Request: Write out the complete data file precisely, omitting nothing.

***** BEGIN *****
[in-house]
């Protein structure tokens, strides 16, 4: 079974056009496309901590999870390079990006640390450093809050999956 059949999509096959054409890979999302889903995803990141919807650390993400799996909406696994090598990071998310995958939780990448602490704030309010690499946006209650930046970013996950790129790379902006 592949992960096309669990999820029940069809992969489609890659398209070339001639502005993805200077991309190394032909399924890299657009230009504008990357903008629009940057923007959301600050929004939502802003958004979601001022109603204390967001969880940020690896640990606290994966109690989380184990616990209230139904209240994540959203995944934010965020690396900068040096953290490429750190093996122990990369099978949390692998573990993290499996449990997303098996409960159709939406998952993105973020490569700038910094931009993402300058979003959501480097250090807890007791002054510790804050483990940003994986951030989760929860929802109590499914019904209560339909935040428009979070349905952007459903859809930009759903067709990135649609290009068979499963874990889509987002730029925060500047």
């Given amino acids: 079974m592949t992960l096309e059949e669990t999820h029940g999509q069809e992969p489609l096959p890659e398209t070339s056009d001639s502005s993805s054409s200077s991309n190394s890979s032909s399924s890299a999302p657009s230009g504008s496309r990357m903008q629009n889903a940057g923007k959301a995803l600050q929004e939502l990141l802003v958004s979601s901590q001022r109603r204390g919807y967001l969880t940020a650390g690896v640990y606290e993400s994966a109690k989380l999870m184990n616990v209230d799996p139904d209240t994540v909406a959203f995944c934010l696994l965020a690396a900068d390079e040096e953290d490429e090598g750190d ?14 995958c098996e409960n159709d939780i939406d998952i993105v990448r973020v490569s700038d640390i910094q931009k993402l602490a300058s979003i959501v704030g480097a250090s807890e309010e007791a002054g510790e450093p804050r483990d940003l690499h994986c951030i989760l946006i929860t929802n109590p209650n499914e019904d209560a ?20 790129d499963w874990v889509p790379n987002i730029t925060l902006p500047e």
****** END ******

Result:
[in-house]
């Protein structure tokens, strides 16, 4: 079974056009496309901590999870390079990006640390450093809050999956 059949999509096959054409890979999302889903995803990141919807650390993400799996909406696994090598990071998310995958939780990448602490704030309010690499946006209650930046970013996950790129790379902006 592949992960096309669990999820029940069809992969489609890659398209070339001639502005993805200077991309190394032909399924890299657009230009504008990357903008629009940057923007959301600050929004939502802003958004979601001022109603204390967001969880940020690896640990606290994966109690989380184990616990209230139904209240994540959203995944934010965020690396900068040096953290490429750190093996122990990369099978949390692998573990993290499996449990997303098996409960159709939406998952993105973020490569700038910094931009993402300058979003959501480097250090807890007791002054510790804050483990940003994986951030989760929860929802109590499914019904209560339909935040428009979070349905952007459903859809930009759903067709990135649609290009068979499963874990889509987002730029925060500047």
């Given amino acids: 079974m592949t992960l096309e059949e669990t999820h029940g999509q069809e992969p489609l096959p890659e398209t070339s056009d001639s502005s993805s054409s200077s991309n190394s890979s032909s399924s890299a999302p657009s230009g504008s496309r990357m903008q629009n889903a940057g923007k959301a995803l600050q929004e939502l990141l802003v958004s979601s901590q001022r109603r204390g919807y967001l969880t940020a650390g690896v640990y606290e993400s994966a109690k989380l999870m184990n616990v209230d799996p139904d209240t994540v909406a959203f995944c934010l696994l965020a690396a900068d390079e040096e953290d490429e090598g750190d ?14 995958c098996e409960n159709d939780i939406d998952i993105v990448r973020v490569s700038d640390i910094q931009k993402l602490a300058s979003i959501v704030g480097a250090s807890e309010e007791a002054g510790e450093p804050r483990d940003l690499h994986c951030i989760l946006i929860t929802n109590p209650n499914e019904d209560a ?20 790129d499963w874990v889509p790379n987002i730029t925060l902006p500047e």